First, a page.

Learning to recognize and apply the 15 properties
Intellectually understanding the 15 fundamental properties by their definitions is not sufficient. True understanding can only be achieved by actively and practically trying (and failing, at first) to create things that have certain properties, but not just have them, but gain deeper feeling because of the presence of the property.
I use this rule to help people understand the fifteen properties: “Draw diagrams, make experiments, in which you try to make something, sketch something, which has the property in it. But it is not enough to catch the property as you believe it is defined. To succeed, you must make a thing which has the property, and which gains deeper feeling because of the presence of the property. Only when you have managed that, can you be sure that the meaning of the property has not eluded you.”
It takes years — perhaps three, five, ten years — to learn the process of making centers, and to know what it means to make a center come to life. In the meantime, the properties are a very useful tool; they are a way of focusing our attention on the centers. By following the properties, even if blindly, like a mechanical tool, we gradually come to know more and more and more about the life of centers — we appreciate the way that centers interact, we learn to make the life of one center more intense, by adding, or providing other centers — and the property thus teaches us, concretely, more and more about how we can make centers come to life. That is the whole ball game in the end.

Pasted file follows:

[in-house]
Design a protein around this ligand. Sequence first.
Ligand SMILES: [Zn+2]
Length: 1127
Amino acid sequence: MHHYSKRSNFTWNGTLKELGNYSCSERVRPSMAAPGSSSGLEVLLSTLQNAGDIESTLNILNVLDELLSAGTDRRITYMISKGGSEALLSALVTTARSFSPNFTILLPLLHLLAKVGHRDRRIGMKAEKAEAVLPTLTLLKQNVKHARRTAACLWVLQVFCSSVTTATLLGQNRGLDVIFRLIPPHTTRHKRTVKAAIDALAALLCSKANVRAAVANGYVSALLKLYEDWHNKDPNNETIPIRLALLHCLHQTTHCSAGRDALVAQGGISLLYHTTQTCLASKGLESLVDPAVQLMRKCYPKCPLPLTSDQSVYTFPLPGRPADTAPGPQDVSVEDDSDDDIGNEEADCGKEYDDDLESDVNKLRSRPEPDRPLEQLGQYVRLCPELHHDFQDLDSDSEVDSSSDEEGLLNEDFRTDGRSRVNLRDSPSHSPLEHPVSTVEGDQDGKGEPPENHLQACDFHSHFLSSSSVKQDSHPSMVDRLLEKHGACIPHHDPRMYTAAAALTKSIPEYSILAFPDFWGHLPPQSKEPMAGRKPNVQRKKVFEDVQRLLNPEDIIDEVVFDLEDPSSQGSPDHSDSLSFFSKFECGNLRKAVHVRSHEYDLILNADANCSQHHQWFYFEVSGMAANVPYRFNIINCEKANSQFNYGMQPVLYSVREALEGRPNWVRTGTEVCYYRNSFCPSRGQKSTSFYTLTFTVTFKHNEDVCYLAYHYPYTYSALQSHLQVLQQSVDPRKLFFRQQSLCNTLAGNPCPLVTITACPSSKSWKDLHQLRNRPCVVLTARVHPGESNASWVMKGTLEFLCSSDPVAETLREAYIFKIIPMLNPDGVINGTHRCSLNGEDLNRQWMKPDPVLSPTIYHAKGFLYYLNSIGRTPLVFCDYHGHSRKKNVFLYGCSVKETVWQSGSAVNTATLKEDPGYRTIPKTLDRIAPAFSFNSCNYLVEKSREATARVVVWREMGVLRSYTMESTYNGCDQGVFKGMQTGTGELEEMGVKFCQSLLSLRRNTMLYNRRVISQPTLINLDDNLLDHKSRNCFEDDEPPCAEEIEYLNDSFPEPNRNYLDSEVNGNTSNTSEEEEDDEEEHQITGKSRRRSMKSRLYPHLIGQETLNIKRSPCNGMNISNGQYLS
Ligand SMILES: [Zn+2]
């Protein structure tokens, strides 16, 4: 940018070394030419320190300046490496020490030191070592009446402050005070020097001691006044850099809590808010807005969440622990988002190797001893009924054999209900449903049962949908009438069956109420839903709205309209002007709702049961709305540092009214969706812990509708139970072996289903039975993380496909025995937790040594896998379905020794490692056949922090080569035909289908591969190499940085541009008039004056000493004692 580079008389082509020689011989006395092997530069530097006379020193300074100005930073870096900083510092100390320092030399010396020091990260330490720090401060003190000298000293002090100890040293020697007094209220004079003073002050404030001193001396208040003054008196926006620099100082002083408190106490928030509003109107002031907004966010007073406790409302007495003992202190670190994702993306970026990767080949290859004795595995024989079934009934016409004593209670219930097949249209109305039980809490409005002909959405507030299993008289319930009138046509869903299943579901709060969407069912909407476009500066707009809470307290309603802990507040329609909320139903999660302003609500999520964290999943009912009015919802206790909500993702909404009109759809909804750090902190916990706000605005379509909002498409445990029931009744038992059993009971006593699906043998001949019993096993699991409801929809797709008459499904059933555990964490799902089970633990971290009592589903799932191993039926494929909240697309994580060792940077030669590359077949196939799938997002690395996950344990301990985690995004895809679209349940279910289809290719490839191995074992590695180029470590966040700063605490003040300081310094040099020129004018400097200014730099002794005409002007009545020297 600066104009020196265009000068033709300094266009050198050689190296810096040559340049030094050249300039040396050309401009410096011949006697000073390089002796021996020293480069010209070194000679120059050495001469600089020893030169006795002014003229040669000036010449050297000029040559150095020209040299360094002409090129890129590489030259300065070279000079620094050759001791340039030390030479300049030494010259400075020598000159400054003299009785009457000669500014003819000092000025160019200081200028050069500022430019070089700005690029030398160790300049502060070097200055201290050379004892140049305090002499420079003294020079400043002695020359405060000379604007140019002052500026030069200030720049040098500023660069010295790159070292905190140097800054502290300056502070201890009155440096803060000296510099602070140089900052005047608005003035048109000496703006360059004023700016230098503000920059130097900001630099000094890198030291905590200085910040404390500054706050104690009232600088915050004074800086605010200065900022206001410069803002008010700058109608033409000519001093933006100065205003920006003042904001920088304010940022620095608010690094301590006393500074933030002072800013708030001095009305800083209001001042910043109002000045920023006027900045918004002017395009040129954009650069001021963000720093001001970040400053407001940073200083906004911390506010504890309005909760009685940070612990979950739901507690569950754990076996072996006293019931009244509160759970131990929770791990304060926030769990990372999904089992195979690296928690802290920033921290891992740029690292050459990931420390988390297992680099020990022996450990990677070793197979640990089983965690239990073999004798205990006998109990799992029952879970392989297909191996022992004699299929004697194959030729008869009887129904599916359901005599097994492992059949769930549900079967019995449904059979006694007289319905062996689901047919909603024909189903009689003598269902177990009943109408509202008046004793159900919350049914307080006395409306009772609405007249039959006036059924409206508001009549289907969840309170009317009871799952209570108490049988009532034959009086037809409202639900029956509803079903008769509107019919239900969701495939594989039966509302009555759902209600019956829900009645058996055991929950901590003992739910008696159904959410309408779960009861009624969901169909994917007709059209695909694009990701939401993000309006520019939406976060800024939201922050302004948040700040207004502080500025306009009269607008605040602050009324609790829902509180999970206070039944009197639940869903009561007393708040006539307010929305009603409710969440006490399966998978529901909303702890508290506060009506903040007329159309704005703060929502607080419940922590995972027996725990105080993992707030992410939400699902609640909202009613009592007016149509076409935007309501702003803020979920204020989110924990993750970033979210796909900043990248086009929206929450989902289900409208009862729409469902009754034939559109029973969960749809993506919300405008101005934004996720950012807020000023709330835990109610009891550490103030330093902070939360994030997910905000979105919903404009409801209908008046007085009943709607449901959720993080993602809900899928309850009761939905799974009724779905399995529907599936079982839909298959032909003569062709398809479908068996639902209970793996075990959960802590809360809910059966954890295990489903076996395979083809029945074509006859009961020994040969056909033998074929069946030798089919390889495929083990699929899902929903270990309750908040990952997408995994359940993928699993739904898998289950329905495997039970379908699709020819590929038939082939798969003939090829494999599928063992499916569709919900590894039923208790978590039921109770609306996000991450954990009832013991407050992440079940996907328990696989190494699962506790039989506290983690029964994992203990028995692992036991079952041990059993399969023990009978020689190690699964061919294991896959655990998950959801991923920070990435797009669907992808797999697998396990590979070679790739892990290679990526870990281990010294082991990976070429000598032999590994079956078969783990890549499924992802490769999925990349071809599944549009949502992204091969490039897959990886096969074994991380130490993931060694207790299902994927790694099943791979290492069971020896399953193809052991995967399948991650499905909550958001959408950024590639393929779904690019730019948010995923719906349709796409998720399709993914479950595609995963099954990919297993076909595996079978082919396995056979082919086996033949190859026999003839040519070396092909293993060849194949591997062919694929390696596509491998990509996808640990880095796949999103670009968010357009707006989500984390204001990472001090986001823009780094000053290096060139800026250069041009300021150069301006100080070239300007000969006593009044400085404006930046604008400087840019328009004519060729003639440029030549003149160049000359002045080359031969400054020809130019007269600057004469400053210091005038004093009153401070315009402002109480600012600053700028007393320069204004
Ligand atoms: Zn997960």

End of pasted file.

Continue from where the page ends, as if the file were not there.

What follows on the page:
Clearly, experience helps with applying the 15 properties — does this mean there is a connection to?